Cutting UNRWA

The Trump administration’s decision to cut funding to UNRWA, the UN agency serving Palestinian refugees, was justifiably applauded by Prime Minister Benjamin Netanyahu over the weekend.

As Netanyahu said, UNRWA’s treatment of Palestinians is “one of the main problems perpetuating the conflict.”

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In recent years, for example, there have been a number of cases of its employees and facilities harboring terrorists, spreading incitement in textbooks and other materials, and even housing rocket launchers used to shoot at Israel.

But beyond the UNRWA system being abused by terrorists, its written mandate plays a central role in perpetuating the Palestinian refugee myth and the demand for the “right of return.”

The Palestinians have their own special UN refugee agency, as opposed to all other refugees who are served by the United Nations High Commissioner for Refugees (UNHCR). The definition of refugee that UNRWA follows is different from that of the UNHCR, and is so broad that to use the term “refugee” for most of the people it serves is absurd.

According to UNRWA, Palestinian refugees are not just people who fled this land during the 1948 War of Independence and have yet to be resettled. They include descendants of male refugees – meaning someone born this week can be a refugee of a war 70 years ago.

It also includes people that are citizens of other countries, as well as people living in the West Bank and Gaza – the very land from which they supposedly fled – who in other situations would legally be considered victims of “internal displacement.” By considering all of these people refugees, it bolsters their claim that they should be granted the “right of return” to sovereign Israel.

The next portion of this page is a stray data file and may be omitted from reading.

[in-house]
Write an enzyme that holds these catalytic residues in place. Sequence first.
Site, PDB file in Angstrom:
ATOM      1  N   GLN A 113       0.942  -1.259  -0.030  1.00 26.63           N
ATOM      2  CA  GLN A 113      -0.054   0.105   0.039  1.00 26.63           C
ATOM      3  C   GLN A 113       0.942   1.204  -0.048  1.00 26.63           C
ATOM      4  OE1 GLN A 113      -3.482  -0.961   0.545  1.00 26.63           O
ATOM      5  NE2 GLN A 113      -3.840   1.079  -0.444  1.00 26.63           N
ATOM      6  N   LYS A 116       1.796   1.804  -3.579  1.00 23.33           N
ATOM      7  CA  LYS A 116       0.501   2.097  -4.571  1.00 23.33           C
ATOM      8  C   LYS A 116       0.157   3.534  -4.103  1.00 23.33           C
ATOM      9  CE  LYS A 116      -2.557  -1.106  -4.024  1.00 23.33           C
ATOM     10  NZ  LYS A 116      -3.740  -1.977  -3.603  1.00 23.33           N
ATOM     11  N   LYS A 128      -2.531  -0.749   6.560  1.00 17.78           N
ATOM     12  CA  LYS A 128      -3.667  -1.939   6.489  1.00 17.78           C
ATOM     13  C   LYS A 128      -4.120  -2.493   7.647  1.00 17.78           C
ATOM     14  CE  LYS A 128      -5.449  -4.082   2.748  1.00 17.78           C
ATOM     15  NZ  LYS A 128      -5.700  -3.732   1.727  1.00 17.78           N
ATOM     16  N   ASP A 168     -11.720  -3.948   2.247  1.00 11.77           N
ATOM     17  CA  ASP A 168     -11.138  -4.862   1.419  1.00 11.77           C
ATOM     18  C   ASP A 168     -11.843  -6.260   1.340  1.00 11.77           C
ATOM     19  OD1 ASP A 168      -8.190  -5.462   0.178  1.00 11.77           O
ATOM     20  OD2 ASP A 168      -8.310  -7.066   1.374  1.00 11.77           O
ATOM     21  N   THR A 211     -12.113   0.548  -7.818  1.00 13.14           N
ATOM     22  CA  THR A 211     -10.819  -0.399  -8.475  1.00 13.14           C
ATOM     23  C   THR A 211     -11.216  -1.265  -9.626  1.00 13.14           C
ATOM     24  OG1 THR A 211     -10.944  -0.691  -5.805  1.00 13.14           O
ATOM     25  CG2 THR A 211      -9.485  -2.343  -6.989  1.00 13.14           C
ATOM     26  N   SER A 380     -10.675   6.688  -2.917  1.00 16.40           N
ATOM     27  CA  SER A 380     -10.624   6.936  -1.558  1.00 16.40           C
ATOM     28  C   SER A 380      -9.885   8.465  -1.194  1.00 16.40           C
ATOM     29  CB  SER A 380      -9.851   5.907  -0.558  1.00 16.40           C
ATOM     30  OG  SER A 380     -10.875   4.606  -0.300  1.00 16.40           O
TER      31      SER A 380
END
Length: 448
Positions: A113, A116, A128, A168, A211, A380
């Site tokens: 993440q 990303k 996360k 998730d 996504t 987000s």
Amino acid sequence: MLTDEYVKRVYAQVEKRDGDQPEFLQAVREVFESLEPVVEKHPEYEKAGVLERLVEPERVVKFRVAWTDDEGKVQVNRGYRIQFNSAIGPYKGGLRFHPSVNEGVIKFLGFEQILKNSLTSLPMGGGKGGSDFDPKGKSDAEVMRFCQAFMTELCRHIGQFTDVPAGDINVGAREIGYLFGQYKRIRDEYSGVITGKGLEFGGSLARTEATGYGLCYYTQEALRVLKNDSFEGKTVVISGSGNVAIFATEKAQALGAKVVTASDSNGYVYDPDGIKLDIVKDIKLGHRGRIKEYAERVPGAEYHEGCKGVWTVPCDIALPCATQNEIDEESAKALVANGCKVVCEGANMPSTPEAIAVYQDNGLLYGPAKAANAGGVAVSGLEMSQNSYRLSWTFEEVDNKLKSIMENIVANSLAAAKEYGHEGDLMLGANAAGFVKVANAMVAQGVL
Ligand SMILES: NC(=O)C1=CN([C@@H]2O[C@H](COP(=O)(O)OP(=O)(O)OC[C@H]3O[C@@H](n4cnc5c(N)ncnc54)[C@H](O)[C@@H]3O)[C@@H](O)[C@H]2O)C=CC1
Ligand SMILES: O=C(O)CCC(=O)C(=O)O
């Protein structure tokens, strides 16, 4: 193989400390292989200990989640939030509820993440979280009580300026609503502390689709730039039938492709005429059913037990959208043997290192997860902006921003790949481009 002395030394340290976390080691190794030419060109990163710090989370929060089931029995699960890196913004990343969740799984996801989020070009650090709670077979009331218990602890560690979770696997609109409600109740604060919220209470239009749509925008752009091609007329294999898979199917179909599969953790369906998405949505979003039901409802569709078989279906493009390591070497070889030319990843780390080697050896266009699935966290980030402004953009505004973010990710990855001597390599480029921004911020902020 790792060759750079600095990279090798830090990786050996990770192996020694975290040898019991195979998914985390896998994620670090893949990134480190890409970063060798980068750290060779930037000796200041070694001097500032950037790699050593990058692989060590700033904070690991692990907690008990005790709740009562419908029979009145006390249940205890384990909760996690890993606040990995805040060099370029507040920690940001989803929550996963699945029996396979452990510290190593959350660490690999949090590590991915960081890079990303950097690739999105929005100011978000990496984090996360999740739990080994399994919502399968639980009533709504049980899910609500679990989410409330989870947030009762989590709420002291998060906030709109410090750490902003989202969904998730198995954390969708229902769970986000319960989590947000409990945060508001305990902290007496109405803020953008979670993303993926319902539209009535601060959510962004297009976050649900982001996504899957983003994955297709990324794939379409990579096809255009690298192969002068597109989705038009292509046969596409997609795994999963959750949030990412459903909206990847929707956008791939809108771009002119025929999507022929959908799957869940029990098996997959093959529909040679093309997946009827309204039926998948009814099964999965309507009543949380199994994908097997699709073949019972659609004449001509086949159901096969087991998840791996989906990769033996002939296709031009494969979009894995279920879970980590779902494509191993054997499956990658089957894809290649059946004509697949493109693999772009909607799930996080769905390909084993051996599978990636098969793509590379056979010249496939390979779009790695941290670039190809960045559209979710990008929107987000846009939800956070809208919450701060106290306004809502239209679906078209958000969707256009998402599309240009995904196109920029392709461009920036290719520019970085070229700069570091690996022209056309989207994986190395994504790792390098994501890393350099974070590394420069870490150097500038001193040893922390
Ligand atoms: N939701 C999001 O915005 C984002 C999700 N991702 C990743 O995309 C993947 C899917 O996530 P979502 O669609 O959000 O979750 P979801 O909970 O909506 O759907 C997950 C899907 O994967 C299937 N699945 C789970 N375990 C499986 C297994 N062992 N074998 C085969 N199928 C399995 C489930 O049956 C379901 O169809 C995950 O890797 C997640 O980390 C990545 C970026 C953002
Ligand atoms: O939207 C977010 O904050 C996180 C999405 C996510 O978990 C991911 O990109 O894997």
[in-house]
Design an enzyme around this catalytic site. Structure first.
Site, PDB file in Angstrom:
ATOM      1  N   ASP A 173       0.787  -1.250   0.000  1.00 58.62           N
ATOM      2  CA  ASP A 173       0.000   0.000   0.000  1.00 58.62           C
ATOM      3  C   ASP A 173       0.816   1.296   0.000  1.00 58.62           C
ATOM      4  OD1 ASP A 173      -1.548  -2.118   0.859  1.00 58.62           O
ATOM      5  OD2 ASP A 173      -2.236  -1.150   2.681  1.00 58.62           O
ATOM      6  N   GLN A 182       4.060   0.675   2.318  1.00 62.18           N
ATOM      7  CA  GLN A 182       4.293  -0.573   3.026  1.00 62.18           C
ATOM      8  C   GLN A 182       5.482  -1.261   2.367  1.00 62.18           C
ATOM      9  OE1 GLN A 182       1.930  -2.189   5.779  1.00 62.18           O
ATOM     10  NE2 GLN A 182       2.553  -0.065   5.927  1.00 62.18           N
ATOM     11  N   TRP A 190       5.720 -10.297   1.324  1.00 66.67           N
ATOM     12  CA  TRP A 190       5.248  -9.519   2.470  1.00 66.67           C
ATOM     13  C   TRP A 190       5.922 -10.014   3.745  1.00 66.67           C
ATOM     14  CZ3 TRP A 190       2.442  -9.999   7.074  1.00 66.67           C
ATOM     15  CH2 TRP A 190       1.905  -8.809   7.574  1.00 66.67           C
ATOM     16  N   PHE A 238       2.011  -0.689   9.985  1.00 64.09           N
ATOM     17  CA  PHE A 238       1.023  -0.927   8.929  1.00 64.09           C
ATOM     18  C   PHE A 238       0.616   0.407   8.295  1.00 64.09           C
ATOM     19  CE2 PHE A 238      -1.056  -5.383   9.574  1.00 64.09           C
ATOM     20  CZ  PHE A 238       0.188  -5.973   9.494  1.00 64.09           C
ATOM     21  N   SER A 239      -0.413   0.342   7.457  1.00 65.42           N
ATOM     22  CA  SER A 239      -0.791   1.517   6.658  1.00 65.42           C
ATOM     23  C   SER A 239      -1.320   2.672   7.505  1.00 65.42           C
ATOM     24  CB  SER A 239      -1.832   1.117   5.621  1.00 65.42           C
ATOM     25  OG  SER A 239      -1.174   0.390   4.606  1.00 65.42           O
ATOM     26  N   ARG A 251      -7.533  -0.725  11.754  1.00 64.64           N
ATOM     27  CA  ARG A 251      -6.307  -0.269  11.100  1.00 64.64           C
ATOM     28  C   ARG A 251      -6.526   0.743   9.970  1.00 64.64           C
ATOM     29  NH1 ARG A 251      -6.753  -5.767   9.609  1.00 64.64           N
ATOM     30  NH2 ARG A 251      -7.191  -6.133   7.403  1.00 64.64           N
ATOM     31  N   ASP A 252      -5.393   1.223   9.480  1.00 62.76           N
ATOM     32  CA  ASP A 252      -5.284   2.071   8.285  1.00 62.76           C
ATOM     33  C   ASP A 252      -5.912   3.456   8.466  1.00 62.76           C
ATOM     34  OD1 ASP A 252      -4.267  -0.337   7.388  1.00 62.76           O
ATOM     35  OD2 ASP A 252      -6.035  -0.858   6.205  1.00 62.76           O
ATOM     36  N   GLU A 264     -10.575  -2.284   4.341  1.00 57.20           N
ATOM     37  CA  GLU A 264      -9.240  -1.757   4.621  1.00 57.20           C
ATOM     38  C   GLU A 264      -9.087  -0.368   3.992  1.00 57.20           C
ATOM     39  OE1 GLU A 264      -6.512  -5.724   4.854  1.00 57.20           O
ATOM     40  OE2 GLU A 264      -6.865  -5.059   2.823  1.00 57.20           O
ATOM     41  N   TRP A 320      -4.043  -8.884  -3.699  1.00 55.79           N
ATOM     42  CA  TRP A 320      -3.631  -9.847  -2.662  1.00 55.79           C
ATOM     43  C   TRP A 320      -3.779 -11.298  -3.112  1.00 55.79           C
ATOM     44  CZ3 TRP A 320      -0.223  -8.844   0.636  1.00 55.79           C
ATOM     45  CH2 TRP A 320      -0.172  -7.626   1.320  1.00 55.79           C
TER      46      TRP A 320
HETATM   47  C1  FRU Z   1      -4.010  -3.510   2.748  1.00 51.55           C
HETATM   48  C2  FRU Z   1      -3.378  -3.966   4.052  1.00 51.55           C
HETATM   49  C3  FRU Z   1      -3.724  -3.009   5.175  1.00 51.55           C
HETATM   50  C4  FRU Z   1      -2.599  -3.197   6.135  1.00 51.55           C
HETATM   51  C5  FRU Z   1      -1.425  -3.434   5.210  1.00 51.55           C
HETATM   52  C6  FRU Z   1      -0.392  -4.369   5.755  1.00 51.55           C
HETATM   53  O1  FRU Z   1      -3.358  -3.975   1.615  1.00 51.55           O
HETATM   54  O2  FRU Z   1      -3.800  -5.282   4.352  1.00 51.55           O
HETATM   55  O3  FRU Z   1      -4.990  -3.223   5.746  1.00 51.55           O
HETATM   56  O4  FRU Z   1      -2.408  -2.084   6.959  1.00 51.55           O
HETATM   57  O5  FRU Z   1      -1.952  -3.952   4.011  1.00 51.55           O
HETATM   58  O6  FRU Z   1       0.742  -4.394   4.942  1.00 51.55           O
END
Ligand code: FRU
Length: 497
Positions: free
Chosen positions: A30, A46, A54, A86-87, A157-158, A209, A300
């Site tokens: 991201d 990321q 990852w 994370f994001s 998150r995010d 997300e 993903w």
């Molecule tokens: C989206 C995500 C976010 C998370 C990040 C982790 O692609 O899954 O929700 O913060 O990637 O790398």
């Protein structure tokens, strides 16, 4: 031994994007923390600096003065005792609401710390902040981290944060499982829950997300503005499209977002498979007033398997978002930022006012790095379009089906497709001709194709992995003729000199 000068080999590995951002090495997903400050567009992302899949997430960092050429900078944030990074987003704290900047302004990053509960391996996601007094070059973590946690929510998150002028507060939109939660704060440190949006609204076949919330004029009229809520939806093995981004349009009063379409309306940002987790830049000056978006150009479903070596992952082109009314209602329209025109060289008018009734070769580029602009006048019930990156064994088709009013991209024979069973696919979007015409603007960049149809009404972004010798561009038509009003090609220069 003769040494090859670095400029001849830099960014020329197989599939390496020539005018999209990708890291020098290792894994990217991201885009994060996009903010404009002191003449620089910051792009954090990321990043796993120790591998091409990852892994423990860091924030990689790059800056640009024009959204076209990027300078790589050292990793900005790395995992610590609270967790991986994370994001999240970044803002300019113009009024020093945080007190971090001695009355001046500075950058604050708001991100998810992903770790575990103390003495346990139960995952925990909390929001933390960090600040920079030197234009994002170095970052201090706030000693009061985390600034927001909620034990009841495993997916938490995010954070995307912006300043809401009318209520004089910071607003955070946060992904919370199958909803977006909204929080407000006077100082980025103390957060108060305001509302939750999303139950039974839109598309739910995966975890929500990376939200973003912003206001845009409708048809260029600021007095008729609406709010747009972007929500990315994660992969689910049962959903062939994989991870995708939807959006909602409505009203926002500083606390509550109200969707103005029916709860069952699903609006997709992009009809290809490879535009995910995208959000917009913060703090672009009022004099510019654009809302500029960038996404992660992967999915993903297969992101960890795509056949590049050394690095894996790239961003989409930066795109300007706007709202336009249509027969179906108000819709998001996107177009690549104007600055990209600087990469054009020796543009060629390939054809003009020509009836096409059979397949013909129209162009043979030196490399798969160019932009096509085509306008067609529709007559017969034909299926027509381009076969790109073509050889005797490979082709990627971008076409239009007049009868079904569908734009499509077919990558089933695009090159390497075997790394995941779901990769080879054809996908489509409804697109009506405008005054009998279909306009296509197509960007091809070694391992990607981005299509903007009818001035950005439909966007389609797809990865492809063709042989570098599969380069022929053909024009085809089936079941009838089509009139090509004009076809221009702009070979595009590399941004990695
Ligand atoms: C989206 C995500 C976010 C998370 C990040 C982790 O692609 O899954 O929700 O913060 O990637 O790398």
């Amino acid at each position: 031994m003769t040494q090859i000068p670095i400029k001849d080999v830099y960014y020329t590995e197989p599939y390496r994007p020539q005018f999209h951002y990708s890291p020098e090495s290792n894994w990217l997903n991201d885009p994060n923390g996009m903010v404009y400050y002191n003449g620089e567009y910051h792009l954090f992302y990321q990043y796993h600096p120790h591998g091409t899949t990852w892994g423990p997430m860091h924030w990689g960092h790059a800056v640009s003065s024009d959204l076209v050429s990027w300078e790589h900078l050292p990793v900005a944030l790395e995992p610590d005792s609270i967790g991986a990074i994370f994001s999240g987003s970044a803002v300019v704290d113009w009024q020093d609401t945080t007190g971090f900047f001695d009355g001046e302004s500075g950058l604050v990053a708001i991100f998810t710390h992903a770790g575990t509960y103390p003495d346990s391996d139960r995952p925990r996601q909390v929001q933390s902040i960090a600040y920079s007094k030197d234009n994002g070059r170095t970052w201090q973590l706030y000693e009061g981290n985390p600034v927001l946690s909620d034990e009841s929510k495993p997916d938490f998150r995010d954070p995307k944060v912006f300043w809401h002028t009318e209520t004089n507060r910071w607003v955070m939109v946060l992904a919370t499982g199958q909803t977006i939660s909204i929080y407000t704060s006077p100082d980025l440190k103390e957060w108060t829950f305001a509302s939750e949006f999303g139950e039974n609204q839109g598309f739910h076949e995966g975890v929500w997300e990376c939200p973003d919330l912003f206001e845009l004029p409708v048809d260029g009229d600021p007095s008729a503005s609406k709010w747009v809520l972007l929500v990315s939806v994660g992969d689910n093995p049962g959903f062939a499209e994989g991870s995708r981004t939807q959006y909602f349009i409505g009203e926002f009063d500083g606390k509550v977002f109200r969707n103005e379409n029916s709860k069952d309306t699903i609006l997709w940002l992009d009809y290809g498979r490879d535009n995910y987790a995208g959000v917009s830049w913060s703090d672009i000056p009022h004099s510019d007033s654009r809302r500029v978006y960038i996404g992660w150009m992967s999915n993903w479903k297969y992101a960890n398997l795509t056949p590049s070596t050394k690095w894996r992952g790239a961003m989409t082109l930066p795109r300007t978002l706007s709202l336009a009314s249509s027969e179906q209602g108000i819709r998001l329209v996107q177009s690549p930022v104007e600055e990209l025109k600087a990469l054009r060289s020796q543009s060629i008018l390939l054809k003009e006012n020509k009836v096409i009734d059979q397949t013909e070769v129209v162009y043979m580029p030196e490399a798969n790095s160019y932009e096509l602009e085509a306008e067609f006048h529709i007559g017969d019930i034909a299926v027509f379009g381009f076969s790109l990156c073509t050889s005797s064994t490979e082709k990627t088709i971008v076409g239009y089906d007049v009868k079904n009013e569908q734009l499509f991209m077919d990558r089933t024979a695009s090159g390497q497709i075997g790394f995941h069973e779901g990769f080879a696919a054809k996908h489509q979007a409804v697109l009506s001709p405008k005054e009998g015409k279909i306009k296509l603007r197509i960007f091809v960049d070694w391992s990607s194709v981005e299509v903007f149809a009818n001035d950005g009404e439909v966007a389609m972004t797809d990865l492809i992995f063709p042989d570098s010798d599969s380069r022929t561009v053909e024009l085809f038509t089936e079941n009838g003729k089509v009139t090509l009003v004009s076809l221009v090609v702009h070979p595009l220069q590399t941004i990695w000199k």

Former MK Einat Wilf, who wrote a book published in Hebrew this summer called War of the Right of Return, estimated that at most 1% of the 5.3 million Palestinians registered by UNRWA fit the general UN definition of a refugee.

She tweeted: “2.1 [million] live in [the West Bank] and Gaza, so IN Palestine, 2.2 [million] are CITIZENS of Jordan; in Syria and Lebanon, 1 million [ population] figure is 4x inflated and of them only 10-30,000 have fled war.”

In other words, UNRWA has been fleecing the world since it was established in 1949 – and has failed in its 69 years of operations to do what the UNHCR did within a decade for the millions of refugees of World War II.

The endless flow of Palestinian grievances – and the support of them by an international community that funds UNRWA – are keys to why the conflict continues.

It is unrealistic to expect the Palestinians to give up their national aspirations. But as long as they feign perpetual victimhood – and, of course, inflate Israeli “crimes” beyond proportion – they view themselves as not having agency, and not being responsible for trying to improve their own lives, and the world agrees. Sweden, for example, pledged on Friday to transfer $206 million in un-earmarked funds over four years to UNRWA.

How can the Palestinians be expected to engage in state building if they refuse to take responsibility for themselves and are constantly holding their hand out to the world?

There is one legitimate concern about the US pulling out of funding UNRWA: that it will destabilize the West Bank. A senior IDF officer expressed concern to The Jerusalem Post’s Anna Ahronheim that if UNRWA schools shut down, those who would otherwise be in a classroom will start attacking Israelis. He also pointed out that children are more likely to participate in rock-throwing, which can be deadly.

While the concern is real, it is also tactical, as opposed to looking strategically at UNRWA’s role in the ongoing conflict.

And even if the agency is kept alive by donor countries such as Sweden and Jordan – which is pushing UN member states to increase their pledges – the fact that the US, once UNRWA’s biggest donor, is pulling out, sends a strong message.

And as the IDF officer told the Post: “Maybe something good will come out of [the cutting of funds] – and the Palestinians will learn to support themselves and not rely on others for everything.”

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